Liz Truss, ex- prime minister of the United Kingdom, launched a warning shot against the economic conservatism of British and global bodies on Sunday. She primarily blamed “a very powerful financial formation” and an absence of political support for her government’s collapse and her resignation from office in less than 50 days.
The International Monetary Fund (IMF) and U.S. President Joe Biden, among others, made “concerted” efforts in Washington to oppose Ms. Truss’ strategies, according to Ms. Truss, who wrote an essay about her “painful” experience in the Sunday Telegraph newspaper. She also claimed that U.K. Treasury officials had misinformed her with imperfect data and that the journalism had made her administration a scapegoat.
Following her “mini Budget” of unsustainable spending and tax reductions on September 23, which shook the economy and caused Ms. Truss’s administration to fall, she resigned in October of the previous year. On Sunday, she maintained her positions while acknowledging that some of her actions may have been improved.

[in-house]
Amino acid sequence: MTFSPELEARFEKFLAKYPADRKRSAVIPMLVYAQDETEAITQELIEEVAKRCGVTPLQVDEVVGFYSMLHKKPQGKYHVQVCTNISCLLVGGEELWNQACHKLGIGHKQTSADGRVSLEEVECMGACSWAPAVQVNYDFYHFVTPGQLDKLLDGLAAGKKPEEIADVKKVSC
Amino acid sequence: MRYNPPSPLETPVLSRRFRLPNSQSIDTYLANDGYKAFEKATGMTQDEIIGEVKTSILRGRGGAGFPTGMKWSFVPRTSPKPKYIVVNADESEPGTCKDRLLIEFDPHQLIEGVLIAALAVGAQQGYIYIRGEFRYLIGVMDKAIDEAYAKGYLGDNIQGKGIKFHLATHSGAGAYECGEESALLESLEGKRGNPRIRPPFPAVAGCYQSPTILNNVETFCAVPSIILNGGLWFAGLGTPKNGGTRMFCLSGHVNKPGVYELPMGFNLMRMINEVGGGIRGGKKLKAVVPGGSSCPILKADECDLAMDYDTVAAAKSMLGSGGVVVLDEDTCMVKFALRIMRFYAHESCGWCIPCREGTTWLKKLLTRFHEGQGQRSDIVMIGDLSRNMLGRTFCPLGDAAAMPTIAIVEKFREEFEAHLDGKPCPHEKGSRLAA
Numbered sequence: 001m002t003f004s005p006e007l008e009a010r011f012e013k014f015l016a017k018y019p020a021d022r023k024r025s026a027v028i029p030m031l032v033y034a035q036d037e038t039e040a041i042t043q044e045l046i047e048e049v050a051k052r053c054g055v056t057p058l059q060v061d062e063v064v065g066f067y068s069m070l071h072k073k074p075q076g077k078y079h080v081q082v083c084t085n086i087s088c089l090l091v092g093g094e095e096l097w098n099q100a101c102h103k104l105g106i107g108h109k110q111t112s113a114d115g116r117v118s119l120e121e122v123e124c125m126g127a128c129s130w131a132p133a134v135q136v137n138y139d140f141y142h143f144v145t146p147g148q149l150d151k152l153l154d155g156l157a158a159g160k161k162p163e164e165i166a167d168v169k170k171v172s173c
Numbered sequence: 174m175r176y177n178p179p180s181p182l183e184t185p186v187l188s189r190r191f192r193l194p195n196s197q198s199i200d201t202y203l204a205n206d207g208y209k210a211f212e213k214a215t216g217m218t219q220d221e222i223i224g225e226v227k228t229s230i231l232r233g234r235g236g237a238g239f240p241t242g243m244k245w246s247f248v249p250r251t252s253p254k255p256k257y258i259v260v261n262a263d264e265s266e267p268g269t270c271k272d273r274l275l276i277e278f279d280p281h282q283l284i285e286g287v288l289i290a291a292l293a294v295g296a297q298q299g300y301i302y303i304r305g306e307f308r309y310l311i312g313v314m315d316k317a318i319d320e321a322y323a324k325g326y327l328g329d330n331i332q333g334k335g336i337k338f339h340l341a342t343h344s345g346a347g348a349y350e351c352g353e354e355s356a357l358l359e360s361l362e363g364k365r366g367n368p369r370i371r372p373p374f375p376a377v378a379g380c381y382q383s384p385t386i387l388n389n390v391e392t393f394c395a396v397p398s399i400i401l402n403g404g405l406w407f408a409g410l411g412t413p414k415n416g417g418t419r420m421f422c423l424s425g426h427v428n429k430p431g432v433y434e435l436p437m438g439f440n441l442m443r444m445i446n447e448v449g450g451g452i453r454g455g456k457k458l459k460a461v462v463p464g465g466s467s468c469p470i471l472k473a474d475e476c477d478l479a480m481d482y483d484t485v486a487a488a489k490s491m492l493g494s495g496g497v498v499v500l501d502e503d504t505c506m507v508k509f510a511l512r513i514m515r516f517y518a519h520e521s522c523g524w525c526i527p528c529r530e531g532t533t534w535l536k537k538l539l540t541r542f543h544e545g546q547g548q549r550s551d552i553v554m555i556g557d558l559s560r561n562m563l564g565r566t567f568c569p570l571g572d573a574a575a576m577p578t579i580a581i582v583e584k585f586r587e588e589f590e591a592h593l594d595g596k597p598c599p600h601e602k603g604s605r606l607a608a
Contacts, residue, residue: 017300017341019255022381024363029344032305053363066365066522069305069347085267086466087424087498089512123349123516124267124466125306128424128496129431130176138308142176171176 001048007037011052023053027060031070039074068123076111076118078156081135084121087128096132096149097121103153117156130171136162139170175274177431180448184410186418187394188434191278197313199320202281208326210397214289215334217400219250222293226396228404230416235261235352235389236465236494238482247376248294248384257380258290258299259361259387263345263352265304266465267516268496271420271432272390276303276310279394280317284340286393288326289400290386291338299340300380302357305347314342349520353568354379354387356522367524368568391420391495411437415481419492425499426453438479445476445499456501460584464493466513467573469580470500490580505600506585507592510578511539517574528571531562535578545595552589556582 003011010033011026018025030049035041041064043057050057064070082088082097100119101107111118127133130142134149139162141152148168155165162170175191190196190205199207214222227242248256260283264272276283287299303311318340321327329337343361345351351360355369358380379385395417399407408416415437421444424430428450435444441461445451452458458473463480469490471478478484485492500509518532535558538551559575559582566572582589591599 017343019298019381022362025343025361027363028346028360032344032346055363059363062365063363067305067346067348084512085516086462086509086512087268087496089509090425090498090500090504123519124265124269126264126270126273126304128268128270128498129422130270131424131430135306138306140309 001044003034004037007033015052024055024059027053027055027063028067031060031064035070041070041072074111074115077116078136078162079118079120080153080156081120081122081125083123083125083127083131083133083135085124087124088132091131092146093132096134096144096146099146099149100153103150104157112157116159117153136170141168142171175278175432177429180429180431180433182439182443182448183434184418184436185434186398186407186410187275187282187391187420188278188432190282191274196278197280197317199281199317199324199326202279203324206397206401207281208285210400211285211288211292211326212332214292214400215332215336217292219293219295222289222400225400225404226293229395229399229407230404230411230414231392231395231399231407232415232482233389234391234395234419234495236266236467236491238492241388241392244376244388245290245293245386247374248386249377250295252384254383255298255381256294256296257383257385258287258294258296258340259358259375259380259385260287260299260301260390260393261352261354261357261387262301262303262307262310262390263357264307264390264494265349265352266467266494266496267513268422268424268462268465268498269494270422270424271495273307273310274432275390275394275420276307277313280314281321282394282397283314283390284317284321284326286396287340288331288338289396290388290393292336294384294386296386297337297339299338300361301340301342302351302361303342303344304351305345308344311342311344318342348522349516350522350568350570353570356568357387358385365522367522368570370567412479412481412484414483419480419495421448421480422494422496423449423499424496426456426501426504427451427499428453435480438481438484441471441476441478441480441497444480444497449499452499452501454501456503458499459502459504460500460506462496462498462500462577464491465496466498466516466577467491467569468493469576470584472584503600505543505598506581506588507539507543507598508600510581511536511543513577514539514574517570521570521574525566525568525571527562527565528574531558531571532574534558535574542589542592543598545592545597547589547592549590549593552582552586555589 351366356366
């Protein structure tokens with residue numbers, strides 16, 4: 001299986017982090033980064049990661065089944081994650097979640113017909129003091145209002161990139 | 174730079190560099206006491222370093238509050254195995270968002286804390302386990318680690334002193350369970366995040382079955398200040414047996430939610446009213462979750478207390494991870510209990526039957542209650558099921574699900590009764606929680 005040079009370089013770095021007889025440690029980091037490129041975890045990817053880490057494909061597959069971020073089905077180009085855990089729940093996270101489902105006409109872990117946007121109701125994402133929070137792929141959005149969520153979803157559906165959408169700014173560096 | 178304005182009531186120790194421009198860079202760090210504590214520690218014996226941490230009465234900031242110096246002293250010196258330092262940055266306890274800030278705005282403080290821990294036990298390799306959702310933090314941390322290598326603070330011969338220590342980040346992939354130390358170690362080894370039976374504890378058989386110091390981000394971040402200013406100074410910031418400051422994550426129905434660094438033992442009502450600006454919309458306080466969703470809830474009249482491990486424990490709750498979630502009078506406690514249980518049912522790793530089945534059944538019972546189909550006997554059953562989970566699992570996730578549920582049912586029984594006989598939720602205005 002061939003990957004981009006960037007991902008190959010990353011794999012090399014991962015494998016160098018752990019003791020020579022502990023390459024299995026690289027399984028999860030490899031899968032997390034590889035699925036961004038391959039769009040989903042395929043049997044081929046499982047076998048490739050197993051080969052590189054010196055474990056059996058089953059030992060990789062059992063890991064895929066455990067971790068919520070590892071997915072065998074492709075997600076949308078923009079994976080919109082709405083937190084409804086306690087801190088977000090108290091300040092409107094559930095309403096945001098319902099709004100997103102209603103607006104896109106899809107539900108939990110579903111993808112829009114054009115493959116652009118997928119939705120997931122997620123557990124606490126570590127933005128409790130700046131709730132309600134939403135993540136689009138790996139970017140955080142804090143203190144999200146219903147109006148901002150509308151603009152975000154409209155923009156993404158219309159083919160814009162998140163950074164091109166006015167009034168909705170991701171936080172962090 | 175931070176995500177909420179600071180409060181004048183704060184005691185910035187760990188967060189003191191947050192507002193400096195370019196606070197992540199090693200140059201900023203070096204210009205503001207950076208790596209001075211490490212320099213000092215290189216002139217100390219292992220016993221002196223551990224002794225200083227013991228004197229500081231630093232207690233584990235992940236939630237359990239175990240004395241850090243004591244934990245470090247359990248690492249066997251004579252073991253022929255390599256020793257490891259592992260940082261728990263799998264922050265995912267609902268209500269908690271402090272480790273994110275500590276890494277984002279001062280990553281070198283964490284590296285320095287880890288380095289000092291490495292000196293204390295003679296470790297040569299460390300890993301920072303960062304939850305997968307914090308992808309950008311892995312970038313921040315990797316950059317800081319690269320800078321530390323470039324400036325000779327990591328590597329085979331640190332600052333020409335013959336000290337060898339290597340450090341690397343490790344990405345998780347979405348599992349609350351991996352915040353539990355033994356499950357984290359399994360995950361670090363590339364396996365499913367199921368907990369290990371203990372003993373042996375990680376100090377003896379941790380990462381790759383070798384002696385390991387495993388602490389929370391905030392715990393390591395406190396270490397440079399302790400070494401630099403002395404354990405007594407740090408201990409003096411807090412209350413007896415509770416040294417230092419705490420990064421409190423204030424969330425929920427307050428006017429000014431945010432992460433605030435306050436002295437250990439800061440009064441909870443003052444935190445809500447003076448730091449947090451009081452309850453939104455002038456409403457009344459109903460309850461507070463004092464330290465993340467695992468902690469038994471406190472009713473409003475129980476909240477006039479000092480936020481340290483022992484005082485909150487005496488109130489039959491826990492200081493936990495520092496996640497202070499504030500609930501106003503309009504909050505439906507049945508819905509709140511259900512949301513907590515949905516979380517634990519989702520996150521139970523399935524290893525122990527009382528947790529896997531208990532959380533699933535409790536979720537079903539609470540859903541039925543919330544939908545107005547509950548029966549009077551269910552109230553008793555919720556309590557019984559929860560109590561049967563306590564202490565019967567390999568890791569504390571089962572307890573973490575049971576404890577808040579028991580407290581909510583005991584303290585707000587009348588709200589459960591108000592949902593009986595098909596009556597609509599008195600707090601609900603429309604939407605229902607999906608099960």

Regarding the repeal of the corporate tax increase, she expressed her steadfast belief that boosting the rate is counterproductive and referred to the elimination of the top rate of income tax of 45 percent as a “modest step.”
The ex-prime minister criticised the economic modelling techniques used by the U.K.’s fiscal regulatory body, which she claimed underpriced supply-side reforms and lowered taxes, and claimed that large segments of the press and the general public had grown unaware of tax and economic policy arguments. The attitude had also “shifted leftward” over time.
The IMF’s response to Ms. Truss’ budget, according to Ms. Truss, “remarked on redistributive factors rather than economic stability, which it is difficult to conclude was anything other than politically driven.”
The tax cuts were singled out by U.S. President Joe Biden, who called the budget a “mistake.”
Ms. Truss said, “After Queen Elizabeth’s funeral, she probably shouldn’t have travelled to New York (to attend the United Nations General Assembly) and instead should have stayed in London to more carefully monitor the budget presentation.”